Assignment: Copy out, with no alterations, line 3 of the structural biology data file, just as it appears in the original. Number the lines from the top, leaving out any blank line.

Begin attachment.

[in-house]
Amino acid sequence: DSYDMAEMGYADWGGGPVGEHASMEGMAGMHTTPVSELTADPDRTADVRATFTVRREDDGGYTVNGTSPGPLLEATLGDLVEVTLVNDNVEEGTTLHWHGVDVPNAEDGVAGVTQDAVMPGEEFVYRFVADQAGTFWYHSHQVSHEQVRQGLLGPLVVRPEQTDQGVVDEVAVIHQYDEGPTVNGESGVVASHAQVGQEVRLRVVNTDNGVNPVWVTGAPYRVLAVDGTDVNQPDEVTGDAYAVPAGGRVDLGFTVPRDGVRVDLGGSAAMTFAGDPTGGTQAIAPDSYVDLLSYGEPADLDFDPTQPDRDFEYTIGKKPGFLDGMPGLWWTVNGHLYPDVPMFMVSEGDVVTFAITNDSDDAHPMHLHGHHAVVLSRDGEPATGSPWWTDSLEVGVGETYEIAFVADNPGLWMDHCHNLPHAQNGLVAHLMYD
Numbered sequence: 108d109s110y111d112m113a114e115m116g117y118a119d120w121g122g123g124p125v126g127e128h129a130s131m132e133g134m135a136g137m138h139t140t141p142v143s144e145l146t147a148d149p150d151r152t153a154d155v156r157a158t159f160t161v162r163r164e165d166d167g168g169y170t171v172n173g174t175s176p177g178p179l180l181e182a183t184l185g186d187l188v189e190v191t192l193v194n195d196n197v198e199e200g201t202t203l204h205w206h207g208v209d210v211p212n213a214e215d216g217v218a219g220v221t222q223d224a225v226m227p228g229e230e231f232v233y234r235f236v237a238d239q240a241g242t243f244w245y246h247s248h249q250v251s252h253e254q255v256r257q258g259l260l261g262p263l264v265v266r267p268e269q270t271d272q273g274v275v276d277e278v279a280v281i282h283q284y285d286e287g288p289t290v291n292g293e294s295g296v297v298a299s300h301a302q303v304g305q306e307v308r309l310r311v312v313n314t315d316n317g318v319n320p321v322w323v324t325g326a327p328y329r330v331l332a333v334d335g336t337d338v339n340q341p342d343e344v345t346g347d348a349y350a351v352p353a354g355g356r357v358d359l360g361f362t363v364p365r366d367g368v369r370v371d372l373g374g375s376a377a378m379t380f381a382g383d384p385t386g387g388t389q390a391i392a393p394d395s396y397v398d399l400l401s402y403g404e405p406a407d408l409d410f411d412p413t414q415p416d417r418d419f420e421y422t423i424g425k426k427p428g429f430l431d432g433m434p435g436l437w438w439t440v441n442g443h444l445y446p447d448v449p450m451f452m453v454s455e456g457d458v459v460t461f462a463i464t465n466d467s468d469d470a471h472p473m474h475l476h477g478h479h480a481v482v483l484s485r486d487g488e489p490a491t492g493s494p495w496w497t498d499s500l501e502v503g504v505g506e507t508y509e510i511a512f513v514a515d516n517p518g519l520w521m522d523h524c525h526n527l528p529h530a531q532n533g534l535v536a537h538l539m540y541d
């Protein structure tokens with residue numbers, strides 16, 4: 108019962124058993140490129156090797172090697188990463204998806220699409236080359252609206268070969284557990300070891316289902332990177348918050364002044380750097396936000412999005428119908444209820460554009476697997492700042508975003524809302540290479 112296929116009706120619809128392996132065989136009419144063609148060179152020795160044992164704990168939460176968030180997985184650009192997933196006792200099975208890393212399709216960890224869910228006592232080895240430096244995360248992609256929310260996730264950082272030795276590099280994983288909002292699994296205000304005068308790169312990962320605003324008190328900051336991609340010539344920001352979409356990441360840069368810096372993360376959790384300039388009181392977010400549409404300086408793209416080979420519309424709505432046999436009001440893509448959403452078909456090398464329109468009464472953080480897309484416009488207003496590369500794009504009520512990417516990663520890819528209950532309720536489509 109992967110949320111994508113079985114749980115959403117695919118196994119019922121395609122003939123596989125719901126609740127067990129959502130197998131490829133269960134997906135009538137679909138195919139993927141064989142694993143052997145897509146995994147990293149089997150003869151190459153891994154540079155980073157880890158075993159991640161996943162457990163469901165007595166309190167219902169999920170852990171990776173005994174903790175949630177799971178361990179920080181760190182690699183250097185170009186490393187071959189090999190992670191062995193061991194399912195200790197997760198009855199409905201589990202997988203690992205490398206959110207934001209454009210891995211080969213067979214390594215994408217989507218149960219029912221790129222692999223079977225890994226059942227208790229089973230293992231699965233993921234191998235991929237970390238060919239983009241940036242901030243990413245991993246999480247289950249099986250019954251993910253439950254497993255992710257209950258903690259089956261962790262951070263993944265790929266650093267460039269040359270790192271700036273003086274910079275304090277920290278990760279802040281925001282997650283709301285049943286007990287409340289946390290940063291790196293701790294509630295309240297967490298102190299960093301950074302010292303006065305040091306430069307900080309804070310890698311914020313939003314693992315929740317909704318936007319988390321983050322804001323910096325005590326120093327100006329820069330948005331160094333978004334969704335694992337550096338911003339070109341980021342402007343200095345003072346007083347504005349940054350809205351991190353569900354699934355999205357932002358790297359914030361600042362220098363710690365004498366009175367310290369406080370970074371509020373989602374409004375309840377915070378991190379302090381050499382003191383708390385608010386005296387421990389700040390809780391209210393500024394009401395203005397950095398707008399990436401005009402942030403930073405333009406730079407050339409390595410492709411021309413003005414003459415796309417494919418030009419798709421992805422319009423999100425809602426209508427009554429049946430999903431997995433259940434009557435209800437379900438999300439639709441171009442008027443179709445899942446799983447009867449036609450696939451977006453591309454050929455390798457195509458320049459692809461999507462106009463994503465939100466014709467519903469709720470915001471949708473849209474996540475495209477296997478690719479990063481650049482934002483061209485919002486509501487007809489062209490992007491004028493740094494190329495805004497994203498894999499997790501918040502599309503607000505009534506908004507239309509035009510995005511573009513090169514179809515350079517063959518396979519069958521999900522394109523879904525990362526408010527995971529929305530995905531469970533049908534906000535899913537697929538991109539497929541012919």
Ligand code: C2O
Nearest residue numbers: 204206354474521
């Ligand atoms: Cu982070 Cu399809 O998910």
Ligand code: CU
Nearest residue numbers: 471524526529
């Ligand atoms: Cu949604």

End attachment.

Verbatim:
Numbered sequence: 108d109s110y111d112m113a114e115m116g117y118a119d120w121g122g123g124p125v126g127e128h129a130s131m132e133g134m135a136g137m138h139t140t141p142v143s144e145l146t147a148d149p150d151r152t153a154d155v156r157a158t159f160t161v162r163r164e165d166d167g168g169y170t171v172n173g174t175s176p177g178p179l180l181e182a183t184l185g186d187l188v189e190v191t192l193v194n195d196n197v198e199e200g201t202t203l204h205w206h207g208v209d210v211p212n213a214e215d216g217v218a219g220v221t222q223d224a225v226m227p228g229e230e231f232v233y234r235f236v237a238d239q240a241g242t243f244w245y246h247s248h249q250v251s252h253e254q255v256r257q258g259l260l261g262p263l264v265v266r267p268e269q270t271d272q273g274v275v276d277e278v279a280v281i282h283q284y285d286e287g288p289t290v291n292g293e294s295g296v297v298a299s300h301a302q303v304g305q306e307v308r309l310r311v312v313n314t315d316n317g318v319n320p321v322w323v324t325g326a327p328y329r330v331l332a333v334d335g336t337d338v339n340q341p342d343e344v345t346g347d348a349y350a351v352p353a354g355g356r357v358d359l360g361f362t363v364p365r366d367g368v369r370v371d372l373g374g375s376a377a378m379t380f381a382g383d384p385t386g387g388t389q390a391i392a393p394d395s396y397v398d399l400l401s402y403g404e405p406a407d408l409d410f411d412p413t414q415p416d417r418d419f420e421y422t423i424g425k426k427p428g429f430l431d432g433m434p435g436l437w438w439t440v441n442g443h444l445y446p447d448v449p450m451f452m453v454s455e456g457d458v459v460t461f462a463i464t465n466d467s468d469d470a471h472p473m474h475l476h477g478h479h480a481v482v483l484s485r486d487g488e489p490a491t492g493s494p495w496w497t498d499s500l501e502v503g504v505g506e507t508y509e510i511a512f513v514a515d516n517p518g519l520w521m522d523h524c525h526n527l528p529h530a531q532n533g534l535v536a537h538l539m540y541d